and hung them in the house, the skeletons and petals
of imperfect roses. Roses and apples grow
from the same family. The poison of apples hidden
within the seed, the poison of roses hidden in the thorn.

          Gailey infuses irresistible energy into her lines, placing her princesses in modern settings, as in “Sleeping Beauty Has an MRI,” “The Mermaid Loses Her Voice,” and “Red Riding Hood at the Car Dealer.” In the latter poem, Red turns the tables on the Wolf, who is the car salesman, Red now remade as the charismatic customer prepared to make a large down payment.

She tugged at the neckline of her red sweater,

Is that the best you can do? she asked, batting
her car keys. I’m leaving on a road trip

to Grandma’s, wanna come with? The wolf
senses danger, despite the daisy appliqués on her purse.

          (I see an opportunity here for a series of Red Riding Hood poems in which Red’s buying a new house and finds numerous ways to con the seller and mortgage lender as well as drive her realtor mad.)

          Red Riding Hood’s grandma gives her a fabulous litany of advice in “I Forgot to Tell You The Most Important Part…,” starting with “Without this knowledge, you’ll never make it.”

                                               …No surprises; we’ve lied
about having it all. It’s either the piano or the pit viper.
Cinderella’s shoe came off at midnight because it hurt,
and Red Riding Hood’s real story involves cannibalism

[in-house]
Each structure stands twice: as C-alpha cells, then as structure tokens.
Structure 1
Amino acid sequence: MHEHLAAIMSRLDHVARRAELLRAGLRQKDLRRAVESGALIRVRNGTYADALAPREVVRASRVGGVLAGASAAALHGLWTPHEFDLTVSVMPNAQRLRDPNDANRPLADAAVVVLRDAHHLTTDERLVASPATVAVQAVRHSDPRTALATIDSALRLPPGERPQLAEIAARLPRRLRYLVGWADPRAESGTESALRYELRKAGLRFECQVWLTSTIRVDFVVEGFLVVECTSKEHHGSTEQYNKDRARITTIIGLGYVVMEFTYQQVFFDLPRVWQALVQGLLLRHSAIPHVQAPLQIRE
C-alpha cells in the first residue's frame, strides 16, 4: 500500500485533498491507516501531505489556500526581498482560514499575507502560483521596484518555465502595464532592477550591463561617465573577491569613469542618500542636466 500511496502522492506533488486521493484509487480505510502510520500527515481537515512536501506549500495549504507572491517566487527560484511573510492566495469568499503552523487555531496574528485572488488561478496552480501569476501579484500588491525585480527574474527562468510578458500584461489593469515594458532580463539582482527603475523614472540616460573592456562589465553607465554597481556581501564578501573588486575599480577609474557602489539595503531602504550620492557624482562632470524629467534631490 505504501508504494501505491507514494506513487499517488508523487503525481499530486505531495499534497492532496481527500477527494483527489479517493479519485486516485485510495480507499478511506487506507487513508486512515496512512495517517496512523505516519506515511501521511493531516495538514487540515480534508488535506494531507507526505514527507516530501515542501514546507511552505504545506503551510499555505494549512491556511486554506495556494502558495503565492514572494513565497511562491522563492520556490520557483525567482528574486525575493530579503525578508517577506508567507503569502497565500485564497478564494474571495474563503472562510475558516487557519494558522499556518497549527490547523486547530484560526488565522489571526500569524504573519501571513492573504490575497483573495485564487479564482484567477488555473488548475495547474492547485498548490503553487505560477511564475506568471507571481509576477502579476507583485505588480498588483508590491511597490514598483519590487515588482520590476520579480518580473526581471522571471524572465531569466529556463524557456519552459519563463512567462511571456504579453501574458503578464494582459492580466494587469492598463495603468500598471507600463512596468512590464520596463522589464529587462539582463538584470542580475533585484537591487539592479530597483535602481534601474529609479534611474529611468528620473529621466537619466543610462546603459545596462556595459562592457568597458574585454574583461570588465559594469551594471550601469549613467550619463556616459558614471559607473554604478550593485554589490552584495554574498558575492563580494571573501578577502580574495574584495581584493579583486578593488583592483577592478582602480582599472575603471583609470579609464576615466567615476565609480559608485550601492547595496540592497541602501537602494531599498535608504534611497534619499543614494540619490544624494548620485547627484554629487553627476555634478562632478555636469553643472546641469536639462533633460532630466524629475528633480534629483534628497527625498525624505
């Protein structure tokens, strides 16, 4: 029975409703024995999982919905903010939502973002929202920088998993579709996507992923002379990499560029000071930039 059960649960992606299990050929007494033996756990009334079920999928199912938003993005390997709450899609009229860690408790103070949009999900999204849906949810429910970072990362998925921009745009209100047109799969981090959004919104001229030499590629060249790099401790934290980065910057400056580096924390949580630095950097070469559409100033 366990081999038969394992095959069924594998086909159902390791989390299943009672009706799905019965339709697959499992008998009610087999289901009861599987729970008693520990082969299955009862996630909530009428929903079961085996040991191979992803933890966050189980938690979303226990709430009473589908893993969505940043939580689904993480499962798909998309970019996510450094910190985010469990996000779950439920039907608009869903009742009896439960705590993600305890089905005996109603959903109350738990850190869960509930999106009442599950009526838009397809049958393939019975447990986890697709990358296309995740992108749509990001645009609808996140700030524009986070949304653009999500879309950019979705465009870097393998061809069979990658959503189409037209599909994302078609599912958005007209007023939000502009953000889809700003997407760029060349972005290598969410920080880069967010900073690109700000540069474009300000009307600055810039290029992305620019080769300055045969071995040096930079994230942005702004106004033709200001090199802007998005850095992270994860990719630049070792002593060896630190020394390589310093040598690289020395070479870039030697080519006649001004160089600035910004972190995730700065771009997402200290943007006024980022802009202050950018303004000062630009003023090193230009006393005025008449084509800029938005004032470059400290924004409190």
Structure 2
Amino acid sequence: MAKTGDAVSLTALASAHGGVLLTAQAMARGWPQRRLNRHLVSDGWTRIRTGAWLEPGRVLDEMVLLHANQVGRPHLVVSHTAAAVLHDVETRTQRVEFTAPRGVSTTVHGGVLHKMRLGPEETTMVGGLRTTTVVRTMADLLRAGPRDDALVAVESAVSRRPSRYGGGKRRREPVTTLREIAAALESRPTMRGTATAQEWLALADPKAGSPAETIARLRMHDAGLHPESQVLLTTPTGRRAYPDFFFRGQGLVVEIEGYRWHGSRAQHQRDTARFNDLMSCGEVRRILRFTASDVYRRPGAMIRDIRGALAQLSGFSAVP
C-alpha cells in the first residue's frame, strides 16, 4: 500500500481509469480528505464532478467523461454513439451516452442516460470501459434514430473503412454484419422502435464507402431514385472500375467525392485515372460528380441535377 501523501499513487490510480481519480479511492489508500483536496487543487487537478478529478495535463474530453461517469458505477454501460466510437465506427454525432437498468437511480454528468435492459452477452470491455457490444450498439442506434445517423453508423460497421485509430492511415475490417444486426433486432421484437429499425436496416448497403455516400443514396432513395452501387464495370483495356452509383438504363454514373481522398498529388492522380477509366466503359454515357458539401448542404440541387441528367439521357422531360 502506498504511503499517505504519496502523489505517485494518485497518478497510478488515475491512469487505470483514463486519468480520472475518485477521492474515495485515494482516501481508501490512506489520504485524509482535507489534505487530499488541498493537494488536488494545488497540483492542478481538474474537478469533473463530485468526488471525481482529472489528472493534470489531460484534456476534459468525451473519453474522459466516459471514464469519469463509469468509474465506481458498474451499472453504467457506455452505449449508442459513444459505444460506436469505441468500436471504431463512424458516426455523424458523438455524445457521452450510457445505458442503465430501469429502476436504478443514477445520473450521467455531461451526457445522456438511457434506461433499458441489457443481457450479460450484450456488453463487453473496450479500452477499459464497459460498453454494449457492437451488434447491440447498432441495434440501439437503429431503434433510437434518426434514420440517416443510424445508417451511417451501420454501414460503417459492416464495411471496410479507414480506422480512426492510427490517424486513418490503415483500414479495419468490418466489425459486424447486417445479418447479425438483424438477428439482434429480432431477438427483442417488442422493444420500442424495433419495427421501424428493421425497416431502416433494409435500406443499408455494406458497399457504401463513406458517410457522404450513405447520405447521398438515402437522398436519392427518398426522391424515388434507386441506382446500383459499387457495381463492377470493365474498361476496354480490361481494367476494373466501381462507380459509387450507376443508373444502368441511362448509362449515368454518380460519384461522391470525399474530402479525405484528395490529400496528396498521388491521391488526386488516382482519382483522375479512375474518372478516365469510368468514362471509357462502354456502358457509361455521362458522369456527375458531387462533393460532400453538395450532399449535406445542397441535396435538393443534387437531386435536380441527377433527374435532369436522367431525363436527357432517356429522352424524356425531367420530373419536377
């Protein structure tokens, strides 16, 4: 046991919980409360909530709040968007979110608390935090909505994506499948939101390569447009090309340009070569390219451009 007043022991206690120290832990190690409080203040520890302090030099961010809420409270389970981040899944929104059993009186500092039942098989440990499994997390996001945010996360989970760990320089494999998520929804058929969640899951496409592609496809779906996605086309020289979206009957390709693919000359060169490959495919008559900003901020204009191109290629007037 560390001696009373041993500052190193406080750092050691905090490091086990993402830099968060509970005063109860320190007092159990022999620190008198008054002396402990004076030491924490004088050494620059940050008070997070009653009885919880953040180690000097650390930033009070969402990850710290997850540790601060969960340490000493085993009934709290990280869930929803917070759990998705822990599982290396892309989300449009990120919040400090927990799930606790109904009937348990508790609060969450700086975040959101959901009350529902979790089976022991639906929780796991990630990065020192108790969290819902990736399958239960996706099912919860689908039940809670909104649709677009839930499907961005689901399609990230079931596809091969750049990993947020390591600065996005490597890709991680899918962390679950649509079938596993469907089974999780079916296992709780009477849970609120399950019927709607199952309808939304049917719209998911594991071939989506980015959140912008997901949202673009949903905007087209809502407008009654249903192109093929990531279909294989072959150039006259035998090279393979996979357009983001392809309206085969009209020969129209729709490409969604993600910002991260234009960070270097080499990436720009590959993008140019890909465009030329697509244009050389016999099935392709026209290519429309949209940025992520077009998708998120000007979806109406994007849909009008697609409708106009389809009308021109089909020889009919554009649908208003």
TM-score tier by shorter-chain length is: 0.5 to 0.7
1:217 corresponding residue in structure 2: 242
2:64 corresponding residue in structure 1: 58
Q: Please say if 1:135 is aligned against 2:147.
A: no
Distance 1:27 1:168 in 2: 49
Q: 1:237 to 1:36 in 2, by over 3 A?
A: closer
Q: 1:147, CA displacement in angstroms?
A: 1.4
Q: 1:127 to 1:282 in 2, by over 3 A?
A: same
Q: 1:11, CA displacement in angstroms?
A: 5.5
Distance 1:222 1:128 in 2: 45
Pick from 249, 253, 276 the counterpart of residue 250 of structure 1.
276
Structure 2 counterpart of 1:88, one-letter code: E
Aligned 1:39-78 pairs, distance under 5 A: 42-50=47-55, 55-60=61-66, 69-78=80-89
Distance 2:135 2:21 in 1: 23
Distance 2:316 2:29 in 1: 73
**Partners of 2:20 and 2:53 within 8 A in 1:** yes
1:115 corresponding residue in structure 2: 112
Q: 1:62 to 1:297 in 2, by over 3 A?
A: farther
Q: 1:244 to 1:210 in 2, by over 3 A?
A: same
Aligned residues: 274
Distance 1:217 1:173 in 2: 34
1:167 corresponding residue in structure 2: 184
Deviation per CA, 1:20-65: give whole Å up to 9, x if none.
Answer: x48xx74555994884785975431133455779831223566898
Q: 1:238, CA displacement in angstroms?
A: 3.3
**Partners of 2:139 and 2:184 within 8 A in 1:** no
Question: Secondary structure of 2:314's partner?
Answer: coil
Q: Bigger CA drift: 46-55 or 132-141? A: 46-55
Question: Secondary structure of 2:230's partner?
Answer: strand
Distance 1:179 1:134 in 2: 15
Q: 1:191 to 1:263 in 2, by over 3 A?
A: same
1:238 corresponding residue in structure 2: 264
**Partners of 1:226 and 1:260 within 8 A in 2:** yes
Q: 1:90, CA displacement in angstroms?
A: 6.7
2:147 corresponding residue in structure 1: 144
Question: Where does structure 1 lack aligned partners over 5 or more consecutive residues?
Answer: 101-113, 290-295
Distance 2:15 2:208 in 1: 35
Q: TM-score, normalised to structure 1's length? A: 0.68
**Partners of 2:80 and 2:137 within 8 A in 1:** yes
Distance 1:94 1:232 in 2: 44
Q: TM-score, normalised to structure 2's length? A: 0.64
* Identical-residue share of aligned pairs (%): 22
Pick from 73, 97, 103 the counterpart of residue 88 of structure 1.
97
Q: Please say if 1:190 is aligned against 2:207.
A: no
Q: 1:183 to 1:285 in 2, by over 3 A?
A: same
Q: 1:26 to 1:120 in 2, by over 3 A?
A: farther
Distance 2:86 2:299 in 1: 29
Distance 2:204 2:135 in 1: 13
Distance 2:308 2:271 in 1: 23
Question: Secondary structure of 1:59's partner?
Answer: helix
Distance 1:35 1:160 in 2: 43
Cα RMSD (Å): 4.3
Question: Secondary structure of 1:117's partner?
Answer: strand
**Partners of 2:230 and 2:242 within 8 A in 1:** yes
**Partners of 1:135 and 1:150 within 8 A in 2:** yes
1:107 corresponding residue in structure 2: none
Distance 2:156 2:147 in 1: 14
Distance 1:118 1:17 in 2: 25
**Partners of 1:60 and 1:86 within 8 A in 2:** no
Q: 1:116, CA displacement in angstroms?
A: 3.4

and a striptease….

          What Grandma left out is covered in “Advice Left Between the Pages of Grimms’ Fairy Tales,” ensuring that our princesses know to “Forget the sword and magic stone,/forget enhancements and focus on the profit margin,/the hard line. Read the subtext.”

          Amid her bold images, Gailey often underscores the same themes repeatedly, making frequent use of apples, glass coffins, and thorns, such that some of the poems end up sounding a bit like ones we’ve read before. Although she works hard to avoid the cliché of “every rose has its thorn,” this proverb/image still emerges. Gailey leaves her princesses in limbo and refrains from offering any simple conclusions, perhaps engagingly so, but the poems might have benefited had the narratives occasionally been taken a step further: what if the princesses’ upsets and losses served as initiations in some way, perhaps equipping them with insights and even abilities to assist others along the so-called Hero’s Journey?

          Whatever the occasional weaknesses or redundancies in Unexplained Fevers, Gailey’s readers can easily identify with her fairy tale characters: ordinary young women thrust into life and death situations, unprepared to handle the traumas they face. Losing their innocence, they may—we can hope—at some point regain it. In Unexplained Fevers, these young women see their world through a dark lens, in the colors of a gritty reality. And isn’t this usually the case? After all, the happiness that can follow heartbreak is typically a gift that comes with age.